Deathscapes in Finnish funerals during Covid-19
Vähäkangas, Auli (2023-03-08)
The Donner Institute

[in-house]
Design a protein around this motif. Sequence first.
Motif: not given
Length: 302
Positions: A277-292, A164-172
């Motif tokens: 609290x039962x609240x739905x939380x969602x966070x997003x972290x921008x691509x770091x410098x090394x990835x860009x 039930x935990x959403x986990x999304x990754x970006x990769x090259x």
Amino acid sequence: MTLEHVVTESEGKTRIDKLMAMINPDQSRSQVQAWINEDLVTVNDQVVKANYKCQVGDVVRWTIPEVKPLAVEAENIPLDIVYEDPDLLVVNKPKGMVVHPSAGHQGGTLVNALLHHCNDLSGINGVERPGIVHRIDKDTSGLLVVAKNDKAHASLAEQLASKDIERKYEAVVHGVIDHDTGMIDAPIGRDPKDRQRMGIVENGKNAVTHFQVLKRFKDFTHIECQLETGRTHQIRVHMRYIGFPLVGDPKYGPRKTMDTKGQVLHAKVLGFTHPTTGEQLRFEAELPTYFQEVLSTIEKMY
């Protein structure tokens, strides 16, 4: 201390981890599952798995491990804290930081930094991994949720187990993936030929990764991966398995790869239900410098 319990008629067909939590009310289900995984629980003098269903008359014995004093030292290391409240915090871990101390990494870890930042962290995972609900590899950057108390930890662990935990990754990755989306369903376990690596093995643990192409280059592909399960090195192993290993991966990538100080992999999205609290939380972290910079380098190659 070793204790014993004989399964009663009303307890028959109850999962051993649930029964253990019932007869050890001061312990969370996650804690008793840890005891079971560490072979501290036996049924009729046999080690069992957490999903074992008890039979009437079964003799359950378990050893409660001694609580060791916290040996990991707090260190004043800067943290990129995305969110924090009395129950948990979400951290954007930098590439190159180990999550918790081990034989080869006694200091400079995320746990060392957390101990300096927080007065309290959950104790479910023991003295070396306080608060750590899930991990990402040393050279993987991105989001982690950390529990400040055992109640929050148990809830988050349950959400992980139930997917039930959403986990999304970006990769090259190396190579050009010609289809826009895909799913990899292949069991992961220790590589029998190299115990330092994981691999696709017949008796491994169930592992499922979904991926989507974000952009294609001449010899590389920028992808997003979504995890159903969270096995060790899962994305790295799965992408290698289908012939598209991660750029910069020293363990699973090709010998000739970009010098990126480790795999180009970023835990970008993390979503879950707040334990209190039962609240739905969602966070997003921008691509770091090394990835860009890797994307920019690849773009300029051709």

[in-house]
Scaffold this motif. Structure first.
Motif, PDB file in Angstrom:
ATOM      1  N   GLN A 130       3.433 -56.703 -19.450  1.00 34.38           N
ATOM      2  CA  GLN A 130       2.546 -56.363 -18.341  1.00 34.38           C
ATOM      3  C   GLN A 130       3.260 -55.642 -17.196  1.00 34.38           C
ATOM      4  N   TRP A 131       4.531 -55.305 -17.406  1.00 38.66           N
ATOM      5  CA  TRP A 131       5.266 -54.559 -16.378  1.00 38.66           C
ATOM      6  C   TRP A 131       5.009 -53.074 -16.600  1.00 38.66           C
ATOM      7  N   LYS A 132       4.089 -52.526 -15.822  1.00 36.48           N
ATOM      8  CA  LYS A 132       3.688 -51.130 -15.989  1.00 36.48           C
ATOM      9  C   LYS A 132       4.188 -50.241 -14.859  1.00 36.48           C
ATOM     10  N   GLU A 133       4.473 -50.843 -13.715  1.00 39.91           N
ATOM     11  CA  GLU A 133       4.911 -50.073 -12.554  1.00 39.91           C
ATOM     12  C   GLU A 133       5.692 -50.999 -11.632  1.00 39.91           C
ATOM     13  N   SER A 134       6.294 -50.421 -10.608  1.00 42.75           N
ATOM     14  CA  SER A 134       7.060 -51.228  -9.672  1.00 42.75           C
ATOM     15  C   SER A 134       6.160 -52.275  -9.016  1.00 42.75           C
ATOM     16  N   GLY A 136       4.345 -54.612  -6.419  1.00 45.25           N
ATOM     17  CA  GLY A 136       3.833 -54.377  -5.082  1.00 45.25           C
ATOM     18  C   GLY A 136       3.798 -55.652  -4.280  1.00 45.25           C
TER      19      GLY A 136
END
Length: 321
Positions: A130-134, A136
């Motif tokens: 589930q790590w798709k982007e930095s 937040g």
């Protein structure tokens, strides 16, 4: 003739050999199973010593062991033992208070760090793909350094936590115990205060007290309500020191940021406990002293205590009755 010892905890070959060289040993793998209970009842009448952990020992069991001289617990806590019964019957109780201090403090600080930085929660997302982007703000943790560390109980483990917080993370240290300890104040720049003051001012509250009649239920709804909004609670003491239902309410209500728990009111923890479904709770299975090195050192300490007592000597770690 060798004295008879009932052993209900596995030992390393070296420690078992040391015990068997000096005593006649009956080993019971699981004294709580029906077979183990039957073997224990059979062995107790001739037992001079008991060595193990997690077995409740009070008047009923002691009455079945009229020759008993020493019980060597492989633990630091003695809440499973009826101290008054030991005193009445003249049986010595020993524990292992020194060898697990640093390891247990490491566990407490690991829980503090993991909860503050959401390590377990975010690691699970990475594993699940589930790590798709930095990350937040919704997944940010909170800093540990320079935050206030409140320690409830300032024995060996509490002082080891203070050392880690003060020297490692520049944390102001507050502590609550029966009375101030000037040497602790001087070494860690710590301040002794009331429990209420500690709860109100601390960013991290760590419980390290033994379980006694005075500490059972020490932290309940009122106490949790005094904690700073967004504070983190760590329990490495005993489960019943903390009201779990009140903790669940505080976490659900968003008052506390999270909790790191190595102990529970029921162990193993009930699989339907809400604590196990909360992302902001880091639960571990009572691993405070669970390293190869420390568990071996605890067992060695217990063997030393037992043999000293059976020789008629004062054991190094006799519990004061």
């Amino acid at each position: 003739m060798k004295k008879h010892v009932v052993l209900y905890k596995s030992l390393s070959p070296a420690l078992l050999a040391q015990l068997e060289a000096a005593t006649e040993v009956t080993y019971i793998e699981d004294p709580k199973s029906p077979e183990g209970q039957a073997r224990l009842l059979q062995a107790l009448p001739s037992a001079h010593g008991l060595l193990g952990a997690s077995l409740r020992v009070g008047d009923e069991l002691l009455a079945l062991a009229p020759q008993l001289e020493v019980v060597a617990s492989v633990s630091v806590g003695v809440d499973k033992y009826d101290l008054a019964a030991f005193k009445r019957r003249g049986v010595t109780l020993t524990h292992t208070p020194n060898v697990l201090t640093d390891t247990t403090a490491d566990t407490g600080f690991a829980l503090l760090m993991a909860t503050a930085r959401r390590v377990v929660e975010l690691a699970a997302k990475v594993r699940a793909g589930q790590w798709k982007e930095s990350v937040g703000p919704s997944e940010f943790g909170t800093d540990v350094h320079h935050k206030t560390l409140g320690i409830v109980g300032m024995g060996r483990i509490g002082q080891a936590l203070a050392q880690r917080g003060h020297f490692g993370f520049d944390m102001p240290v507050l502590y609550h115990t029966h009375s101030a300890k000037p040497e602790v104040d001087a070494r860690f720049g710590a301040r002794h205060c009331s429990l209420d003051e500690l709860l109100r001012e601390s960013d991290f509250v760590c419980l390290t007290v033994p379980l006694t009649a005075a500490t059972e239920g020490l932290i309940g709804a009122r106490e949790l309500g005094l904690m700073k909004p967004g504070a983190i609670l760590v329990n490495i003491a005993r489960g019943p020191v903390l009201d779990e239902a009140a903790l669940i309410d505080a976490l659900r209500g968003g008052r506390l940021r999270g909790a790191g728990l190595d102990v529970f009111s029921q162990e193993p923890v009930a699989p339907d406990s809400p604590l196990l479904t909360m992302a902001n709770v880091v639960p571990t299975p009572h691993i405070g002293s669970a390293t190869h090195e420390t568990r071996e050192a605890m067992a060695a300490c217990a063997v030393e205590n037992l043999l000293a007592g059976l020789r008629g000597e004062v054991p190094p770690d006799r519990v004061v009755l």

The Covid-19 pandemic has disrupted and reshaped experiences of bodily disposal and memorialization around the world. One key characteristic of almost all religious practices and traditions is the centrality of face-to-face gatherings (Baker et al. 2020). The spatial turn shows the need to study space and place in research on religion (Knott 2010). Avril Maddrell has utilized a spatial lens for death studies with her concept of the deathscape, by which she means both the places associated with death and the dead and how these are infused with meaning (Maddrell and Sidaway 2010). The aim of my article is to uncover which spaces were used in Finnish funerals and what they reveal about deathscapes during Covid-19. The forty-five pieces of correspondence that form the qualitative data of the research were received between October 2020 and February 2021; they offer some important, real-time insights into how funeral spaces and burial places were experienced during the two first waves of the pandemic. The findings reveal that participation in the ritual was more important than the actual site of the funeral, burial or memorial. The findings indicate that deathscapes in Finnish funerals during Covid-19 typically dealt with how ritual space was created during restrictions. The physical site was important as long as it created ritual space and was aligned with the personality of the deceased. Central to these actively created spaces was that they followed the deceased body either physically, virtually or spiritually. The latter was a conceptual finding from the data and a means by which the writers pointed to spatialities of belief and virtual attendance that were not digitally mediated.